We spent the afternoon under the tarp, swimming in the river and relaxing on the sandbar. I was surprised that despite the appearance of the brown silted water, the water was quite pleasant to swim in. The suspended particles are so fine that you can not feel them on your skin or in your clothes. They leave a film of brownish residue behind, but that is only noticeable on your glasses and camera lens.
By midday we had reached Mineral Bottom, a popular put in and take out for the Green River. Many of the canoe groups that we had passed were taking out here. Others were just starting their Green River trips headed for the same take out as we were at Spanish Bottom. A road ran along the river bringing new river travelers to the launch site. I pulled out on a stone bank and walked up the road overlooking the river. True to its name, I found several mineral laden rocks including a geode and a iron nodule. There was also a campsite between the river and the road under a huge cottonwood. The deeply furrowed bark of the old tree shown golden in the midday sun. I was soon joined by Harding who rested comfortably in a seat carved by a previous visitor into the soft bank. Joel and Kathy soon found our retreat.
We reached Fort Bottom shortly after leaving Mineral Bottom. We pulled over onto the muddy gooey bank and scrambled up the trail to the long abandoned cabin. The porch roof still provided shade, but the main roof had long collapsed into the interior of the building. The "front lawn" sloped down to the bend in the river. It was filled with a riot of orange mallow, yellow and purple flowers and many delicate blooming cactus. Stupidly I had stepped off the hard packed trail to take a picture of this beautiful cactus. When I looked back I saw that my feet had made deep impressions in the rocks and stoned making up the surface of the desert. My moment of thoughtlessness would now remain for years, absent the rare strong downpour. That realization sadden me and put a damper on my visit to this site.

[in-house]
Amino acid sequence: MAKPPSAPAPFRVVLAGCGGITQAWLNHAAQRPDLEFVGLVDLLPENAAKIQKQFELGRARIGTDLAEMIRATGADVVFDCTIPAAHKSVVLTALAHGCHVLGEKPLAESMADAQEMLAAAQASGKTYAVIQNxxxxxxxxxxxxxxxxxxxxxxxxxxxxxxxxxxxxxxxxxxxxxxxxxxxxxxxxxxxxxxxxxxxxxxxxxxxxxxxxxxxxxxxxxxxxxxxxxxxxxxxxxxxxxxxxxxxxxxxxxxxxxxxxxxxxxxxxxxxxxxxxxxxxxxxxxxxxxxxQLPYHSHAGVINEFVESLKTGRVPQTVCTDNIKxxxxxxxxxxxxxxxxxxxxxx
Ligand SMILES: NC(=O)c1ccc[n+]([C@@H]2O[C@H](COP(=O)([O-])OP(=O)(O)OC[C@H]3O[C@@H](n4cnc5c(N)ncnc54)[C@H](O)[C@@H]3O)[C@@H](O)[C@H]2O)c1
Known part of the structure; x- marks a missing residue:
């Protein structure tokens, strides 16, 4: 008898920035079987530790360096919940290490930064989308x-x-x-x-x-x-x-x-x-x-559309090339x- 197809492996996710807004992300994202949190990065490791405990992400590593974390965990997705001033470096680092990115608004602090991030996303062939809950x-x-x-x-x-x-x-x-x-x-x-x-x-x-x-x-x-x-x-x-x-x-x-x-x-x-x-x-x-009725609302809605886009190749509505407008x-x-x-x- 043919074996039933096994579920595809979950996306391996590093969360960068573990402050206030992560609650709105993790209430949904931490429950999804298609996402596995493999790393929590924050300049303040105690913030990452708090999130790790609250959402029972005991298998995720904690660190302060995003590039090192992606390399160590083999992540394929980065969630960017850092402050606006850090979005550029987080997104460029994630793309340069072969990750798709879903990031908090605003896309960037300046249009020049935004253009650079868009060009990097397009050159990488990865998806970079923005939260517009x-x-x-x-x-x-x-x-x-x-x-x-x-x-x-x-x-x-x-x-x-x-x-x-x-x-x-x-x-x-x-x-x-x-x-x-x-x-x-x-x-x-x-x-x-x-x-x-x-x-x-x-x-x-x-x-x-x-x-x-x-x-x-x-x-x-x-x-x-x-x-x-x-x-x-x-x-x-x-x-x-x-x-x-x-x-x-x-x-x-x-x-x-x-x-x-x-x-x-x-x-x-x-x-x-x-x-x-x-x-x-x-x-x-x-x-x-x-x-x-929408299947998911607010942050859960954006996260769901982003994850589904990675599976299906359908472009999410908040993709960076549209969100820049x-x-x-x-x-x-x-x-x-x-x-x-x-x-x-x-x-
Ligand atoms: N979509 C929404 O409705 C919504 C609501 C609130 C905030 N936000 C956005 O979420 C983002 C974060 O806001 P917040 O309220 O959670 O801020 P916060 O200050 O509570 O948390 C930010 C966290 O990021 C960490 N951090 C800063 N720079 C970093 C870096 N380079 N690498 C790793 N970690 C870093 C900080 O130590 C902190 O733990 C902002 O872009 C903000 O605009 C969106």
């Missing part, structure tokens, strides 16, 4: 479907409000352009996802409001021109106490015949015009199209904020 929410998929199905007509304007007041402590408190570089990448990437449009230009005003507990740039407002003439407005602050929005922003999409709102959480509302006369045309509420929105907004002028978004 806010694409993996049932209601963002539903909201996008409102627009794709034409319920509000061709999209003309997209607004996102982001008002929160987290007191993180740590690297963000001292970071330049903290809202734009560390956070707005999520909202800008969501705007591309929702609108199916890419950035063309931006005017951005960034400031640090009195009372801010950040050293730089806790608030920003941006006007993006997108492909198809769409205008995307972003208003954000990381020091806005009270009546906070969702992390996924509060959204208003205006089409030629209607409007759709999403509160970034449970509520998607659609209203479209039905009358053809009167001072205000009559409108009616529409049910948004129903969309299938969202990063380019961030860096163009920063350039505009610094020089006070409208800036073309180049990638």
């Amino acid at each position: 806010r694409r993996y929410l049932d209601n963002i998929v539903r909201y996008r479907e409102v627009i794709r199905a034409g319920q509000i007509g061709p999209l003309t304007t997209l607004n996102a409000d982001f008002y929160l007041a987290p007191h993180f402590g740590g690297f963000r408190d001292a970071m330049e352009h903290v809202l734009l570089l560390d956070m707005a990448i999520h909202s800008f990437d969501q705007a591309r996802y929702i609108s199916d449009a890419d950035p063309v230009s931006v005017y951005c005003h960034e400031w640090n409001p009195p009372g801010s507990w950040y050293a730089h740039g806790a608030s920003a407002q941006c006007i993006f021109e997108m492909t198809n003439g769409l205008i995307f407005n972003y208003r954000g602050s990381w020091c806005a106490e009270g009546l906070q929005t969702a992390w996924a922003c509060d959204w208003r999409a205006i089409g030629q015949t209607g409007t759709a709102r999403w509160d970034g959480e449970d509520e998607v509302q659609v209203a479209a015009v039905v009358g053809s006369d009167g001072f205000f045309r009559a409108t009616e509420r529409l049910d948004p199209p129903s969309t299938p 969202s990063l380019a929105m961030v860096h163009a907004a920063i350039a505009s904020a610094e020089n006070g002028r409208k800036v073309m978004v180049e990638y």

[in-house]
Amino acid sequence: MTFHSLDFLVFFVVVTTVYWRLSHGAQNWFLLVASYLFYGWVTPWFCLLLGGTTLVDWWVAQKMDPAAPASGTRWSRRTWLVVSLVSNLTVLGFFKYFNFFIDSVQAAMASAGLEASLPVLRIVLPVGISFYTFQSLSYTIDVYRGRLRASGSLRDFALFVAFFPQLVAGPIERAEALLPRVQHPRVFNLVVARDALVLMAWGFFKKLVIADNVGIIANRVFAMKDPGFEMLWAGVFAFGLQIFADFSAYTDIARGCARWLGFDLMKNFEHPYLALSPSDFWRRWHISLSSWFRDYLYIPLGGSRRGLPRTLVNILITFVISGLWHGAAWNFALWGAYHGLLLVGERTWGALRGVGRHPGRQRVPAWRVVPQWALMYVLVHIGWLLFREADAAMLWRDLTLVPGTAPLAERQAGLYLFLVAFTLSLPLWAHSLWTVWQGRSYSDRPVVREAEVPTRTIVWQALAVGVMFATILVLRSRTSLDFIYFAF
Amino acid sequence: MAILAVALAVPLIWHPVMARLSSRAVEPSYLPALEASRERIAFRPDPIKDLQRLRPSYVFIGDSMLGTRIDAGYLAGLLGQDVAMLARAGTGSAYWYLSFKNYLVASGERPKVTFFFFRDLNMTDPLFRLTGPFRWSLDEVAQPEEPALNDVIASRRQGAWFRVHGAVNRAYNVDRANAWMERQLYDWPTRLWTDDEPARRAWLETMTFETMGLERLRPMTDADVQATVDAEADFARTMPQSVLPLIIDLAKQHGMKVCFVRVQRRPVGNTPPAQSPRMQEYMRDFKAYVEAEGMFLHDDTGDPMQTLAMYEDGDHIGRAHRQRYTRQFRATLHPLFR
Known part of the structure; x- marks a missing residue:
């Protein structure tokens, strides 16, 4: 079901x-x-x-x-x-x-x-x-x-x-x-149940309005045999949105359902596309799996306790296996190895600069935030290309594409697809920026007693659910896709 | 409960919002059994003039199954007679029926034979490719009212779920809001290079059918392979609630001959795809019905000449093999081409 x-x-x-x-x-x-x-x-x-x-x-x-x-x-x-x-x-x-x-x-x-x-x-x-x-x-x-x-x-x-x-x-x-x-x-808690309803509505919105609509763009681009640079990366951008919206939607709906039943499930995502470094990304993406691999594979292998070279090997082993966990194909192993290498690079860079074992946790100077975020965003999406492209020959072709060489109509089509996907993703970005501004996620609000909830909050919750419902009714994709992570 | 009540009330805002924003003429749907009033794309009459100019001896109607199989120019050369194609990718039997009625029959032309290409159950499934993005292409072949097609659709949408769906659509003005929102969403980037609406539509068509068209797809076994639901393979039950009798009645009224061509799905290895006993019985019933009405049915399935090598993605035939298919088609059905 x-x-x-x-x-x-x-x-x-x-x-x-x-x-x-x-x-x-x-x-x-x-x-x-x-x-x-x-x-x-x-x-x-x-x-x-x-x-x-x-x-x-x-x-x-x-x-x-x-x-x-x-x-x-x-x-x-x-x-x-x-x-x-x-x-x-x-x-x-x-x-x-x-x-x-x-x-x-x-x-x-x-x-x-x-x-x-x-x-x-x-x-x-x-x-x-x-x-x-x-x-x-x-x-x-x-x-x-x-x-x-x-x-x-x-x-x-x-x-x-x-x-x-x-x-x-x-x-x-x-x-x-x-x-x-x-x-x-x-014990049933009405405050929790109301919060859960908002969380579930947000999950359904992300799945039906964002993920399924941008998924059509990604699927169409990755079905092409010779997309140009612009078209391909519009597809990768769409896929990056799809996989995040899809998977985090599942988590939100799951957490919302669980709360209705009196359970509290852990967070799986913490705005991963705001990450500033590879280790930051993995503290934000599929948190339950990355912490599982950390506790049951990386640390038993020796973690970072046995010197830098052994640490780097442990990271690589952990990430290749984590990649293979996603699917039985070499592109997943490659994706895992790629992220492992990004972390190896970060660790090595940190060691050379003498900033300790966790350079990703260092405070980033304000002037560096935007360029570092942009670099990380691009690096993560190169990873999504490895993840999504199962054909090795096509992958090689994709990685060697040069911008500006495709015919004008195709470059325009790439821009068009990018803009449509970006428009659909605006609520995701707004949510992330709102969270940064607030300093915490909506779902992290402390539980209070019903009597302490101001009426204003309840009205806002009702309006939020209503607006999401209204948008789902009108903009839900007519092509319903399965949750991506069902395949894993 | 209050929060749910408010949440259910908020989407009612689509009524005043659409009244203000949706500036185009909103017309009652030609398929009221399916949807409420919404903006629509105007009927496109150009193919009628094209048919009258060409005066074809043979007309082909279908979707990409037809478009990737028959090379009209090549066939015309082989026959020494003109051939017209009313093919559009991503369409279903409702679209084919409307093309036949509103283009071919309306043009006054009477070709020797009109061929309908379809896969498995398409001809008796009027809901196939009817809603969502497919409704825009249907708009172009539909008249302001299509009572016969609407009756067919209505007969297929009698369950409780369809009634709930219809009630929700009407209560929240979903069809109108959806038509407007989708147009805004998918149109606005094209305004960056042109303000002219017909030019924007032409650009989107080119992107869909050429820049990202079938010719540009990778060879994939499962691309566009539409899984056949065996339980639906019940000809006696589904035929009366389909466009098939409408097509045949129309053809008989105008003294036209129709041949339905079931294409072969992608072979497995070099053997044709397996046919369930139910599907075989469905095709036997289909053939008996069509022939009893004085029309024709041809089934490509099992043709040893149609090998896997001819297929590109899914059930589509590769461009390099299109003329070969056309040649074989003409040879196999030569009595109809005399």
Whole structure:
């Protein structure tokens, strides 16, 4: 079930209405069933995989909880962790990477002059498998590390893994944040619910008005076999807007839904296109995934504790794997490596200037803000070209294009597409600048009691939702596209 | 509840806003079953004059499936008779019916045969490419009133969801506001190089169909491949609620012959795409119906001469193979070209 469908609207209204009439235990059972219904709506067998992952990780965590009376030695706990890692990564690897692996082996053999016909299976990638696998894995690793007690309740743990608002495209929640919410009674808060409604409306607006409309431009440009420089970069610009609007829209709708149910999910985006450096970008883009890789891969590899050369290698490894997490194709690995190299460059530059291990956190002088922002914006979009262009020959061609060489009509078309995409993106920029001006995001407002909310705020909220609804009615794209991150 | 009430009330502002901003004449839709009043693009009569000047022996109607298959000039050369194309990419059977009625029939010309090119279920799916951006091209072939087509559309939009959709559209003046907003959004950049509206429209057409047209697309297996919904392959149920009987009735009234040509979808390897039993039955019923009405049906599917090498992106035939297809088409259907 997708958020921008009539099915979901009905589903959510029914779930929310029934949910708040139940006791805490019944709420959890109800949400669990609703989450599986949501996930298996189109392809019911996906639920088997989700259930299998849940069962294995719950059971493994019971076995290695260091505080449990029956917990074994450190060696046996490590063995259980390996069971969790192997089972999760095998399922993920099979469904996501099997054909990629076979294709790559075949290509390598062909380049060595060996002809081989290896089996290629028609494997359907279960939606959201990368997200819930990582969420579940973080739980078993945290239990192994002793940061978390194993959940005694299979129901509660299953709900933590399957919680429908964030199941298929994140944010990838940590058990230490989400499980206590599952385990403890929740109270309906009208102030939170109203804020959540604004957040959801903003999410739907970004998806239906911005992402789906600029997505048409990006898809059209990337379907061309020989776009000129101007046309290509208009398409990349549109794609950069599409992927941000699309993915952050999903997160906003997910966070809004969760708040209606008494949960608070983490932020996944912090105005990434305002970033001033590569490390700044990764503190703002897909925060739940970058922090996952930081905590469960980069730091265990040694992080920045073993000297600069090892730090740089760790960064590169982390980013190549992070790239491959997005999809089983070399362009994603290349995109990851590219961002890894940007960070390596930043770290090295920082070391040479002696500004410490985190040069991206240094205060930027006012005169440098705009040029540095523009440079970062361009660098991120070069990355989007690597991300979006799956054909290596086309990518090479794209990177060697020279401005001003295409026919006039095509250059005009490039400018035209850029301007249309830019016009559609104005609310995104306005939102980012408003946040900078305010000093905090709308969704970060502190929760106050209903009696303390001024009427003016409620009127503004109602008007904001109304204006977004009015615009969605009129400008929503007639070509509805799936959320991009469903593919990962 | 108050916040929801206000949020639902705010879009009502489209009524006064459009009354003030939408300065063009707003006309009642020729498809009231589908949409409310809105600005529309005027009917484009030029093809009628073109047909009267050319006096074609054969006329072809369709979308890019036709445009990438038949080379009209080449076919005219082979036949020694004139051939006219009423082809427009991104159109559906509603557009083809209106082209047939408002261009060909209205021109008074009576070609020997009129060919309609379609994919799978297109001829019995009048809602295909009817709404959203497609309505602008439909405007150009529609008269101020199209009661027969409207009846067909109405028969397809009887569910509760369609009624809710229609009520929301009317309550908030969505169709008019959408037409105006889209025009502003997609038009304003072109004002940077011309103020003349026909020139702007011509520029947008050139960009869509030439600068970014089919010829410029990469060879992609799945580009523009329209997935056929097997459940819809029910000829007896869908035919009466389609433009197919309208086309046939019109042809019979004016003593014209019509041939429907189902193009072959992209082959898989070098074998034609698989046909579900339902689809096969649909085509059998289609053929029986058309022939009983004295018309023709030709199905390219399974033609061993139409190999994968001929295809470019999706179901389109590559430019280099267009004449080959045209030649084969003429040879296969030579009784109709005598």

We headed back down the trail and Rick became enthused about walking a trail back over the mesa to the north. After changing into his hiking boots, he set out on the trail. The rest of us continued on to the camp less than a quarter mile from the outlaw cabin, on the other side of the river. It was very early in the day to be putting into the camp, but we had made our mileage and it was a great spot to stop. I needed to dry all my camp equipment which I had packed away soaking wet that morning because of the very heavy dew the prior night that had not had any time to dry on the sandbar shadowed by the cliff.
We followed the single track trail up to the mesa in the middle of the loop of the Green River. The river wound around at least 300 degrees, nearly making the site into an island. Up on top the 500 foot high mesa was a two cylinder tower. Constructed of laid stones with little or no mortar, this structure's architecture is of the earliest king known in the area. Wood used in its construction was still visible poking out from the rough stones. It has been carbon dated at more than 900 years old. The purpose of the structure is unknown.
Continue to part two.....................
Our new camp was a meadow of rye grass under a small collection of cottonwoods. I spread all my gear out to dry overtop the rye grass. In less than 10 minutes everything was dry. I folded it up and repacked my bags. The sun continued on its arc and the camp was soon in shadow. The amphitheater of the high canyon walls was lit with the golden rays of the late afternoon sun. The scene across the flowered wash in front on my site was magnificent.